Tag Archives: castellanos

Romanian Individual Championship

Romania’s 2016 chess champions were recently crowned. The tournament was held between 2 and 10 of April in Baile Olanesti, a mountain resort famous for its thermal springs. People of all ages come here to spend a few peaceful days, away from the haste of the city, and use the therapeutic waters to treat different affections.

Located in the Carpathian Mountains and only a few kilometers away from one of Romania’s numerous national parks, it’s no wonder that the scenery was so green and refreshing. The area is home to many protected species, but perhaps the most accessible reservation for the inexperienced hikers (like ourselves) is the two water-lilies lakes that provide a spectacular view when the white and yellow flowers are in bloom. Unfortunately, we didn’t arrive in their season, but still enjoyed the peacefulness of the place.

The battle for the titles was meant to take place over 9 rounds, but it looked like this year the very early leaders remained on top until the end.… Read more

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Remembering a genius.

Vugar Gashimov was one of the greatest talents that chess has seen in the last 20 years. A player with an unique vision of chess who made every game entertaining in his own way. Gashimov often chose sharp openings, full of play, no matter what the theoretical reputation of that line was. He was never afraid to take risks and he became the secret idol of many chess fans who enjoyed following his games all the time (The writer of these lines is one of them).

More than once Gashimov was compared to Mihail Tal – the Tal of our times, they used to say. Not only their playing style was similar, but also their opening choices, with the Benoni and 6.Bg5 against the Najdorf as main points of comparison.

I met Gashimov in 2004, over the board. It was the Calvia Olympiad and I was representing Chile at that time.… Read more

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A Tal masterpiece

One thing I have noticed nowadays is the lack of interest in the classics. The more (new) books I read the more I value the games from the past, previous the computer boom that has turned chess (for some) into +2 / -1 / = evaluations. It’s a pity because there is a considerable amount of great games that I’m sure new generations have not seen and probably won’t see at all.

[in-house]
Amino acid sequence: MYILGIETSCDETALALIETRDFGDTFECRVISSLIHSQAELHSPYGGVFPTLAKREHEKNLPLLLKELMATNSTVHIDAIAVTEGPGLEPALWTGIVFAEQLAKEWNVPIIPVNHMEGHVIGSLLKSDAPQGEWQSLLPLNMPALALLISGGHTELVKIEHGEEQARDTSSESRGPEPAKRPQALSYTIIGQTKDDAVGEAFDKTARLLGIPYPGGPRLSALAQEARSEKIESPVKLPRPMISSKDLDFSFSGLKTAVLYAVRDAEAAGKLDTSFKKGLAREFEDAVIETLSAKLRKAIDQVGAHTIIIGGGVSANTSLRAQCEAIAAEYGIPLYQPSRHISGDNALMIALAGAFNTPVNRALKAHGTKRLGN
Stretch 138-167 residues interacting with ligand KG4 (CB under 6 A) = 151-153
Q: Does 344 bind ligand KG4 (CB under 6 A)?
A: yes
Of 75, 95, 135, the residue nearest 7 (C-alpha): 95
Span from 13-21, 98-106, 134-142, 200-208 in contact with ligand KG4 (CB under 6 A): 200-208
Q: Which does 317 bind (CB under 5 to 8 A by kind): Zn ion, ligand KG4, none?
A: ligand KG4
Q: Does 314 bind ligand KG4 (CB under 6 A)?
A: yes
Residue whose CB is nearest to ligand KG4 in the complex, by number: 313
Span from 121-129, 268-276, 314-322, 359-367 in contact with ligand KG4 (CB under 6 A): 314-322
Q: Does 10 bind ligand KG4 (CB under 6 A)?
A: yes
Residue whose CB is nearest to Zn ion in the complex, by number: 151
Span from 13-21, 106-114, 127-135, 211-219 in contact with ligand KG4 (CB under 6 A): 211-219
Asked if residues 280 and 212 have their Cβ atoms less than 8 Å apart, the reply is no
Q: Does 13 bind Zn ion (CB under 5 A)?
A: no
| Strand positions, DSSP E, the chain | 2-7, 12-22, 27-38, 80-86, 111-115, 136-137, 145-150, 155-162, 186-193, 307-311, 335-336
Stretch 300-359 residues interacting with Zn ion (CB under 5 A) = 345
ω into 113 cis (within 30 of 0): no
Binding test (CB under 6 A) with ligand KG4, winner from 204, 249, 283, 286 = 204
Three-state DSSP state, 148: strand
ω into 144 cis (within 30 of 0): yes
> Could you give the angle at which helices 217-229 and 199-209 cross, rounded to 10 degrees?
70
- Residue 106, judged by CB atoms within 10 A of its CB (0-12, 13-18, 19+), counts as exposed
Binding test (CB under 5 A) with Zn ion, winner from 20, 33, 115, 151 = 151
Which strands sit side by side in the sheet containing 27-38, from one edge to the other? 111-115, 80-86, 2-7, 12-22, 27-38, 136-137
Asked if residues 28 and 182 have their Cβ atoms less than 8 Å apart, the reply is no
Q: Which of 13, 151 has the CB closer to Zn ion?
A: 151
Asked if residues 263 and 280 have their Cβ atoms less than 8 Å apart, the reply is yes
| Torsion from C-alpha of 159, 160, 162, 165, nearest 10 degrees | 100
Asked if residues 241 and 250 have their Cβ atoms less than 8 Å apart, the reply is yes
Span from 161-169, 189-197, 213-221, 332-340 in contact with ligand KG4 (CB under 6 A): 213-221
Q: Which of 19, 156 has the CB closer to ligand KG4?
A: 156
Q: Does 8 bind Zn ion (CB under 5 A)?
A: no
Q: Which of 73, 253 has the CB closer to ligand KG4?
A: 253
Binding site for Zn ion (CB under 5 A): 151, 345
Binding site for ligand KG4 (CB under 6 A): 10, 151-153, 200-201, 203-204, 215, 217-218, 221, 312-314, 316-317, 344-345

Fortunately, the legacy of the legends is available for anyone interested in chess history. Looking back in the past is  like breathing fresh air to me; it reminds me that chess can be played in a simple, logical way without worrying about Mr. Komodo and Mr. Houdini saying: 0.20 / -0.18 etc.

Here is one example – one of my favorite games by Mikhail Tal. When I analyzed it with my computer, the engines weren’t so thrilled about Tal’s play.… Read more

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Position of the day

Analyzing my own games, I found this interesting position from my game against the Grandmaster Stefan Djuric (Serbia) that we played in the second round of an Open in Nebrodi, Sicily. White has been pressing through the entire game, but I tried to make things as difficult as possible for him. My last move 33…Ra4! is threatening to trade his active rook and ease the pressure on my king. There is plenty to analyze here, if you enjoy studying puzzles or solving middlegame problems here is one for you:

TS1 (2)

White to play, find the strongest continuation:
Djuric,S – Castellanos,R
Nebrodi 2015Djuric-Castellanosr5k1/4pp2/3p1npQ/3P1P2/r1R5/6P1/q4P2/3R1BK1 w – – 0 33

Solution will be posted in a few days. Feel free to comment your thoughts.

R.C.Read more

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